When it comes to programs aimed at increasing gender parity, diversaity officers struggle to engage men.
In a paper recently published in Organization Science, we investigated a potential reason: psychological standing. Psychological standing refers to whether a person feels they have the legitimacy to perform an action with respect to a cause or an issue, or whether it is “their business” to participate.
From a set of four studies, we show that men often refrain from participating in or speaking up about gender-parity initiatives, because they experience lowered levels of psychological standing than women. This explanation held even when other possible explanations, such as possible prejudicial attitude or sexism, were taken into account.
In the first study, we presented undergraduates with two initiatives purportedly being considered by their university, and evaluated their willingness to get involved. When it came to involvement in a gender-parity initiative, most male students said they did not feel it was appropriate for them, even after controlling for the extent to which they privately supported the initiative.
In the second study, we surveyed 124 professionals about their willingness to get involved in gender-parity initiatives in their companies. We found that women, as compared with men, were more likely to participate in and speak up about such initiatives, and that this difference was again explained by men’s lower psychological standing.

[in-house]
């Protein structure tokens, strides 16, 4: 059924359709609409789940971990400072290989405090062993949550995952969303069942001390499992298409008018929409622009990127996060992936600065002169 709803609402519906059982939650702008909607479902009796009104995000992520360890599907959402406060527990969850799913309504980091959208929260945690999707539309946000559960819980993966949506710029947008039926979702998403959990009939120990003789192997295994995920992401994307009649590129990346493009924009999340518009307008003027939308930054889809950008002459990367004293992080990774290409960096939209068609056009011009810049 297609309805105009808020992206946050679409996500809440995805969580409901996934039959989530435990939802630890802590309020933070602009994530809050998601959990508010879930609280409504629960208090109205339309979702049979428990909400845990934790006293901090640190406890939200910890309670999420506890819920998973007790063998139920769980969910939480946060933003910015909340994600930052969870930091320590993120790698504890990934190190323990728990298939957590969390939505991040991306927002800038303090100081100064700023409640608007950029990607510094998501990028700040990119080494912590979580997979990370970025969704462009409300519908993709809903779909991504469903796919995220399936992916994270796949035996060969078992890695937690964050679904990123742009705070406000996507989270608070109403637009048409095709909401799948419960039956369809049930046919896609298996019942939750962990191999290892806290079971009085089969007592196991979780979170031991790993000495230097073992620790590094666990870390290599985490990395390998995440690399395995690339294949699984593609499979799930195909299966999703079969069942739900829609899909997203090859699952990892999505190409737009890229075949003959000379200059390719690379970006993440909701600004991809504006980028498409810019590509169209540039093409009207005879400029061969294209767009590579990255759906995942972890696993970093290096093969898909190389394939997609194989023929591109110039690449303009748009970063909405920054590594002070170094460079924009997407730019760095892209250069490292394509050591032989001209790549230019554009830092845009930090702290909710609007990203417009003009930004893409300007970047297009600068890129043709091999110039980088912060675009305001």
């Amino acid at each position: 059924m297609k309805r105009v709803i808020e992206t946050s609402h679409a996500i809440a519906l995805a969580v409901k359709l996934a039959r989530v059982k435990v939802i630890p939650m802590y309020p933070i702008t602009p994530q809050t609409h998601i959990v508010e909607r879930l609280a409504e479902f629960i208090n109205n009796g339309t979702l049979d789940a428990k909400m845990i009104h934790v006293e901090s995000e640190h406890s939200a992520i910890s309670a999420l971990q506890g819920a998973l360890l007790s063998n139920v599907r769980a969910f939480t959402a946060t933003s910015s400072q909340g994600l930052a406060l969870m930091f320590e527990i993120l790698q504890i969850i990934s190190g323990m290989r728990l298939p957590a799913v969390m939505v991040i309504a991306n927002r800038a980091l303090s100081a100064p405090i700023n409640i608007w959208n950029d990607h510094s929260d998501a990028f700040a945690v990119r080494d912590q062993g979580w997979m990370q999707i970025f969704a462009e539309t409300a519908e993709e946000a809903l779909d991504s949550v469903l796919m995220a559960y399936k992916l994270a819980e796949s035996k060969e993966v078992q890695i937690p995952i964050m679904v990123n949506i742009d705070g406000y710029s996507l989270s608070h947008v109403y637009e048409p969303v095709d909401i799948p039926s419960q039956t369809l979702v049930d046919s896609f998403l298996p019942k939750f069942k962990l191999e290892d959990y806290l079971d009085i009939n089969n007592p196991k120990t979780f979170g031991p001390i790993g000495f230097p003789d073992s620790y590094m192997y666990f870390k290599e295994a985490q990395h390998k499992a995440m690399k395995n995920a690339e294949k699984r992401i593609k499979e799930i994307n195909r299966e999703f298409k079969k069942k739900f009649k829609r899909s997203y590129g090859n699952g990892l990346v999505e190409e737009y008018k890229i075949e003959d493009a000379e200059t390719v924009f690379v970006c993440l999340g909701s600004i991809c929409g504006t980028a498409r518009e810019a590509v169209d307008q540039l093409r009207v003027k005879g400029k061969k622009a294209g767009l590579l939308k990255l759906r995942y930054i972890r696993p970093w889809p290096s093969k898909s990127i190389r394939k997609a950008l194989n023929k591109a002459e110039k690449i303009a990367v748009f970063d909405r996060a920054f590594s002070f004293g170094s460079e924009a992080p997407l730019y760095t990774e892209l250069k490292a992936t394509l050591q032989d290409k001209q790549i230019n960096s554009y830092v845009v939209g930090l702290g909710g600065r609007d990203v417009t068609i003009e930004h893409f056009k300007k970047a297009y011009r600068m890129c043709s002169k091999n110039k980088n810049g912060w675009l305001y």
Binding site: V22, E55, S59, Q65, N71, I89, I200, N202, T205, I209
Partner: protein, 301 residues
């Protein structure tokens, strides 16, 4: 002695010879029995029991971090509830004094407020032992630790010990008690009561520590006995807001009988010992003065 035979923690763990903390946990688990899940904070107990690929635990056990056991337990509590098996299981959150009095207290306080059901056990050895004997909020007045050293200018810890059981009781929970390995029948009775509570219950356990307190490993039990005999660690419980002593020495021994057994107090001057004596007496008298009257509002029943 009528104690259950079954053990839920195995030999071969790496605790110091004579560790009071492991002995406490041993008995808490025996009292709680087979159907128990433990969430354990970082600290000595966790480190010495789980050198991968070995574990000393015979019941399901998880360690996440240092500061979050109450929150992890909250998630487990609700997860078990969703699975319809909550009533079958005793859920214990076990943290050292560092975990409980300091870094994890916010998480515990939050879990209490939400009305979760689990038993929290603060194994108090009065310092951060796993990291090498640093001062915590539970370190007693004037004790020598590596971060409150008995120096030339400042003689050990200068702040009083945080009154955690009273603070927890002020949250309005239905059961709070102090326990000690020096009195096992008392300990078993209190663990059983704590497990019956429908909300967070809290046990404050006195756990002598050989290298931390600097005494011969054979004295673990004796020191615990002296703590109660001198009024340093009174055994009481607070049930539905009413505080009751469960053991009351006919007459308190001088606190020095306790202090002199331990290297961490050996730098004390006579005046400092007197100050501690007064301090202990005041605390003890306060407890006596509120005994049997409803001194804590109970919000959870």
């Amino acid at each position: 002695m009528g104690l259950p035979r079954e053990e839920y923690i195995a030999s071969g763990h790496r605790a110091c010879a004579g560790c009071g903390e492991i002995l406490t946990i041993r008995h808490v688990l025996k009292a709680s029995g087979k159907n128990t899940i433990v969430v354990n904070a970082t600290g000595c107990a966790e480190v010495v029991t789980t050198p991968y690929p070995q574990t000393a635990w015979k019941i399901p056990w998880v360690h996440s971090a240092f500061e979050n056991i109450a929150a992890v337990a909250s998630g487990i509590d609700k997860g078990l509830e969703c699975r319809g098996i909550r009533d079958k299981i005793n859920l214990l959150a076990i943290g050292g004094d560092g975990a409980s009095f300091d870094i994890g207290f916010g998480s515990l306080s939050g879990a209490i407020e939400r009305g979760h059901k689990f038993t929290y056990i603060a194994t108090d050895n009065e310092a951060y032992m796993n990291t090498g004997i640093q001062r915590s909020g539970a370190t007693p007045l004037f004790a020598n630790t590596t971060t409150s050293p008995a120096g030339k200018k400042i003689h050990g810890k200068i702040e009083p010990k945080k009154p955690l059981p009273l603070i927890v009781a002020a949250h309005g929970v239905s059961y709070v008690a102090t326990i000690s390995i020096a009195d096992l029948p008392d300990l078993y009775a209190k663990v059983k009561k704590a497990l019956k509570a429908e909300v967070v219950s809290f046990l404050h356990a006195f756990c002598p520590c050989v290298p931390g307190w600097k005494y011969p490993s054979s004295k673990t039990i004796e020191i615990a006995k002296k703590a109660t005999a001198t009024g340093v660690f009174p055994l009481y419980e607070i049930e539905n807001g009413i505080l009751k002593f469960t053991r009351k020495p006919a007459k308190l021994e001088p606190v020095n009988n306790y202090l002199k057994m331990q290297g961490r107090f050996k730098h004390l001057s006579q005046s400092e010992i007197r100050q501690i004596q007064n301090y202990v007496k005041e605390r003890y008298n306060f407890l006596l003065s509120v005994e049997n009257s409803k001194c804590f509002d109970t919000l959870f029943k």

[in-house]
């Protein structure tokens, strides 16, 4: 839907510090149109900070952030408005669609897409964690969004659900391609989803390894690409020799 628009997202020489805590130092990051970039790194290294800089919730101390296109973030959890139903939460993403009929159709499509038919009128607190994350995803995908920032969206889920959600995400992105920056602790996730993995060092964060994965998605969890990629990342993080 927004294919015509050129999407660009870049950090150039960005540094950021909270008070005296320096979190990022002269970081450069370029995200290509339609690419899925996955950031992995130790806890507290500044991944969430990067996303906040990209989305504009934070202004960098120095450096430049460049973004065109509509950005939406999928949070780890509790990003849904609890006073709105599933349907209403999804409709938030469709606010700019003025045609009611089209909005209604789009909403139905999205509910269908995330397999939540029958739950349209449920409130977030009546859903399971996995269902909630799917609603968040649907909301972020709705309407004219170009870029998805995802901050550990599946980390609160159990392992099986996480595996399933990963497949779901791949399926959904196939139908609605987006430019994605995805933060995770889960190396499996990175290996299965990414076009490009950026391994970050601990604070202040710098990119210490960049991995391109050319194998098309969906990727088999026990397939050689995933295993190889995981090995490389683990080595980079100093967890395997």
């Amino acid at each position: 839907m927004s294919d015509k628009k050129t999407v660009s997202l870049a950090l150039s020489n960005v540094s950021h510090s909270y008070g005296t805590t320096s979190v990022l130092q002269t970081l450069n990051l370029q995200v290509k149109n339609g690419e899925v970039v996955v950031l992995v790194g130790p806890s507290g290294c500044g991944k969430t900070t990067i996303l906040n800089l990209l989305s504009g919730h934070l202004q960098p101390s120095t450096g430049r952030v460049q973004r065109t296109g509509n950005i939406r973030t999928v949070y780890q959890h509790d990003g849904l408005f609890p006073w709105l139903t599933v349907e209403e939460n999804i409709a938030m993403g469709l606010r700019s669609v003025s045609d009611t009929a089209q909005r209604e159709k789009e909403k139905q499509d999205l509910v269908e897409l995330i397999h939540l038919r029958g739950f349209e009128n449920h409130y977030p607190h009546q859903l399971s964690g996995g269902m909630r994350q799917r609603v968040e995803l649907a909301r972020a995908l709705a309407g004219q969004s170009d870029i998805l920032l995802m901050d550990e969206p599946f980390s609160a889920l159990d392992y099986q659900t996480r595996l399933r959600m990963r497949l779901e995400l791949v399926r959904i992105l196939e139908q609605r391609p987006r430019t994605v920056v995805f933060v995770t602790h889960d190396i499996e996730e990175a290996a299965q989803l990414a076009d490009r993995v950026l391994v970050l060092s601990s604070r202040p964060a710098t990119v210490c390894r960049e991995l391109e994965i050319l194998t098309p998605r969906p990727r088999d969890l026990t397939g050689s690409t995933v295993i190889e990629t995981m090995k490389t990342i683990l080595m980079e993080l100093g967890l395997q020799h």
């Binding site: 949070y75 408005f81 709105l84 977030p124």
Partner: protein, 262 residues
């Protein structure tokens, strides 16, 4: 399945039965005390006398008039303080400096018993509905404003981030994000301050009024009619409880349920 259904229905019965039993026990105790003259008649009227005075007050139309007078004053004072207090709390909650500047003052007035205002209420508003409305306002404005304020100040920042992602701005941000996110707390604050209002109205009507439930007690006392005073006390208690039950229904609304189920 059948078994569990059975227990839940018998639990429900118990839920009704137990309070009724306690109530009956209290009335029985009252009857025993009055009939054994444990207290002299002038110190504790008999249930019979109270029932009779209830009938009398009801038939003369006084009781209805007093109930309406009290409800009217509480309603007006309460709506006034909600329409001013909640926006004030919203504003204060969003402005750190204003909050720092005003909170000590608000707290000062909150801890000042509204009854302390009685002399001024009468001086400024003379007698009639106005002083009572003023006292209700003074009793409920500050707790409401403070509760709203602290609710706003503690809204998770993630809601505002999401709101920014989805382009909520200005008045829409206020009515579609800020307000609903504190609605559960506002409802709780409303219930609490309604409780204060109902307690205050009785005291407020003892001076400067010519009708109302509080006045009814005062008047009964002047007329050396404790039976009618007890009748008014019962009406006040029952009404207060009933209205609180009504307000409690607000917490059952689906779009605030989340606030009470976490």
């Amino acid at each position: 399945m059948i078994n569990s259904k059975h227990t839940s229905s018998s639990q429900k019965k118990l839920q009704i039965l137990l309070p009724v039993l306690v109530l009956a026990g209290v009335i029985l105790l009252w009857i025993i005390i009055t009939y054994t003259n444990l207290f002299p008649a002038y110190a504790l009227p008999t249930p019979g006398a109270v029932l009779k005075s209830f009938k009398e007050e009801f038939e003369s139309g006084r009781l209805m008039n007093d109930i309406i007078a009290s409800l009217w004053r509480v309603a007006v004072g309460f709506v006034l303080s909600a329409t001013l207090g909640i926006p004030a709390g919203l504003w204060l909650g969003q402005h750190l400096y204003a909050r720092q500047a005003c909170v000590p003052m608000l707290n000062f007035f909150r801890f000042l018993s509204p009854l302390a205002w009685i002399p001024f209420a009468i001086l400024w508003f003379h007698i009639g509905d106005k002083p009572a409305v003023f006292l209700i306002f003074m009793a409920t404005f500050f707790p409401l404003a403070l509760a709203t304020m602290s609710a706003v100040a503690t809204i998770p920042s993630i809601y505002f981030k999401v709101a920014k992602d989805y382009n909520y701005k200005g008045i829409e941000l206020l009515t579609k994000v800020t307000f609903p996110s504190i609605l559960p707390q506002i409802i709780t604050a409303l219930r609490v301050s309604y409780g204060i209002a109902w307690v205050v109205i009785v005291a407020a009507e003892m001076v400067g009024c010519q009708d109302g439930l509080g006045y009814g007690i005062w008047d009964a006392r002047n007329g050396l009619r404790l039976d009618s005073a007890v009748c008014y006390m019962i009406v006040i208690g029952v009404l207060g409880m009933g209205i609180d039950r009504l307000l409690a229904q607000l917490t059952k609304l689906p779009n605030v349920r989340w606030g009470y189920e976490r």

In the third study, we asked working adults to imagine their company was looking for volunteers to head its companywide task force on gender parity. In this scenario, 63 percent of women volunteered, as compared with 43 percent of men. Men’s reduced sense of psychological standing was a stronger predictor than sexism for these differences in participation rates.
In the final study, we explored whether the way a gender-parity program is framed can change men’s willingness to participate. While half of the participants were randomly assigned the material from the third study, the other half also read a message from the CEO of the company stating that both men and women have experiences that can help the company formulate and implement a program to enhance gender parity. For the second group, which saw the CEO’s message, the participation rates for men and women were statistically indistinguishable.
Organizational leaders need to explicitly communicate that all employees, regardless of their gender, have a stake in and can meaningfully contribute to gender-parity programs.
Elad N. Sherf is a postdoctoral research scholar at the management and organizations department of the Stern School of Business, New York University. Subra Tangirala is associate professor of management and organization at Smith School of Business, University of Maryland.